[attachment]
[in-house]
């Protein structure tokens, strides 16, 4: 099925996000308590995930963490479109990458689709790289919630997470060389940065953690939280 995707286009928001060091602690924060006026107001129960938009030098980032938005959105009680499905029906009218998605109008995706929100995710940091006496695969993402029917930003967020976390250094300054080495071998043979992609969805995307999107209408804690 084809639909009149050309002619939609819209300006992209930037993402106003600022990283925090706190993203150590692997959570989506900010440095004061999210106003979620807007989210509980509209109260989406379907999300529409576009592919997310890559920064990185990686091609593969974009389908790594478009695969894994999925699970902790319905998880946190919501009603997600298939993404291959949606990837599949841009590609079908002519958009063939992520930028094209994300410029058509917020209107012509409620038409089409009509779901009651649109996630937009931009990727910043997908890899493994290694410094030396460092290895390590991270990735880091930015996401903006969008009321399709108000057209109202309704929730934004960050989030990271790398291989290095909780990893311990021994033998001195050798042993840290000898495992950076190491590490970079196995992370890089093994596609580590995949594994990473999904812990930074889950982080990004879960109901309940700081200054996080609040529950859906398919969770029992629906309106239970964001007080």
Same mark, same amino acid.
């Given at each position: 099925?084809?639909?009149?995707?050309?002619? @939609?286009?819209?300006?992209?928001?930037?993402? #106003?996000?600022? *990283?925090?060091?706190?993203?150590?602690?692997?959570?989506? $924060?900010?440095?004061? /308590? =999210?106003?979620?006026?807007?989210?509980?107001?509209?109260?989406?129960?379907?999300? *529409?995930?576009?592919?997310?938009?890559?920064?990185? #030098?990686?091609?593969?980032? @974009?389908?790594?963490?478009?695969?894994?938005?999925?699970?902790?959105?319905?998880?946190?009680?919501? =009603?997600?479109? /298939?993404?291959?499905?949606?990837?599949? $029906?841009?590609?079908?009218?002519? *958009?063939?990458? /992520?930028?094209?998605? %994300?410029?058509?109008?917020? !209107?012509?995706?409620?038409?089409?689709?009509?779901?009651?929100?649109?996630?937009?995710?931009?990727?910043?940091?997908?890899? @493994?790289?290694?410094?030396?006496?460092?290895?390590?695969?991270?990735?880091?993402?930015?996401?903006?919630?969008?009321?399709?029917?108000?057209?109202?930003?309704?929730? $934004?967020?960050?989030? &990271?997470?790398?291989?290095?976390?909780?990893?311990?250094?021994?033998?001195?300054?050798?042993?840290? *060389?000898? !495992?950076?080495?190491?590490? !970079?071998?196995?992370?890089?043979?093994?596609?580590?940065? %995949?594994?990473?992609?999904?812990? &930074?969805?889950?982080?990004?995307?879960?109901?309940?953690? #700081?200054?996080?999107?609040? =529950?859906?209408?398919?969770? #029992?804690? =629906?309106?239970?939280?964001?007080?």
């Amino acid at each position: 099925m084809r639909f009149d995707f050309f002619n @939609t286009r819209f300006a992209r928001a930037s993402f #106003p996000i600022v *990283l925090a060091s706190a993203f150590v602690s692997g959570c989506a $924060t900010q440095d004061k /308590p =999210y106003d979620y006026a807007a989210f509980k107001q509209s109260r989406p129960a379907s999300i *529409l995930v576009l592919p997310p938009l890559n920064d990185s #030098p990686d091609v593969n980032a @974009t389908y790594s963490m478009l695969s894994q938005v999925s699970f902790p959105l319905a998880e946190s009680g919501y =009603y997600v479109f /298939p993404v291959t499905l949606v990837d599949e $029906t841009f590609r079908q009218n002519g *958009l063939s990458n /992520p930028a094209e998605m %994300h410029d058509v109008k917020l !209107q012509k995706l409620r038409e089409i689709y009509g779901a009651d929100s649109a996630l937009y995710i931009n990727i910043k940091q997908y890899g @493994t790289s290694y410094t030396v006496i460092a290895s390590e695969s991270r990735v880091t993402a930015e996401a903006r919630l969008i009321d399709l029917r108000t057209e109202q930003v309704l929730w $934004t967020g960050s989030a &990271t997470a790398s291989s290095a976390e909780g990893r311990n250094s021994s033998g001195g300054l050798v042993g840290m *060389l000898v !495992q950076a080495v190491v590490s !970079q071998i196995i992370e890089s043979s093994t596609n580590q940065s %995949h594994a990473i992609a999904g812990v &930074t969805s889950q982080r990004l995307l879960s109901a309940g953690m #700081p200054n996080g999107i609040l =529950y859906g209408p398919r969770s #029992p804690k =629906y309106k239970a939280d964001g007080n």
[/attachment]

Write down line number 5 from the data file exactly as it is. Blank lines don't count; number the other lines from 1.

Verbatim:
């Amino acid at each position: 099925m084809r639909f009149d995707f050309f002619n @939609t286009r819209f300006a992209r928001a930037s993402f #106003p996000i600022v *990283l925090a060091s706190a993203f150590v602690s692997g959570c989506a $924060t900010q440095d004061k /308590p =999210y106003d979620y006026a807007a989210f509980k107001q509209s109260r989406p129960a379907s999300i *529409l995930v576009l592919p997310p938009l890559n920064d990185s #030098p990686d091609v593969n980032a @974009t389908y790594s963490m478009l695969s894994q938005v999925s699970f902790p959105l319905a998880e946190s009680g919501y =009603y997600v479109f /298939p993404v291959t499905l949606v990837d599949e $029906t841009f590609r079908q009218n002519g *958009l063939s990458n /992520p930028a094209e998605m %994300h410029d058509v109008k917020l !209107q012509k995706l409620r038409e089409i689709y009509g779901a009651d929100s649109a996630l937009y995710i931009n990727i910043k940091q997908y890899g @493994t790289s290694y410094t030396v006496i460092a290895s390590e695969s991270r990735v880091t993402a930015e996401a903006r919630l969008i009321d399709l029917r108000t057209e109202q930003v309704l929730w $934004t967020g960050s989030a &990271t997470a790398s291989s290095a976390e909780g990893r311990n250094s021994s033998g001195g300054l050798v042993g840290m *060389l000898v !495992q950076a080495v190491v590490s !970079q071998i196995i992370e890089s043979s093994t596609n580590q940065s %995949h594994a990473i992609a999904g812990v &930074t969805s889950q982080r990004l995307l879960s109901a309940g953690m #700081p200054n996080g999107i609040l =529950y859906g209408p398919r969770s #029992p804690k =629906y309106k239970a939280d964001g007080n």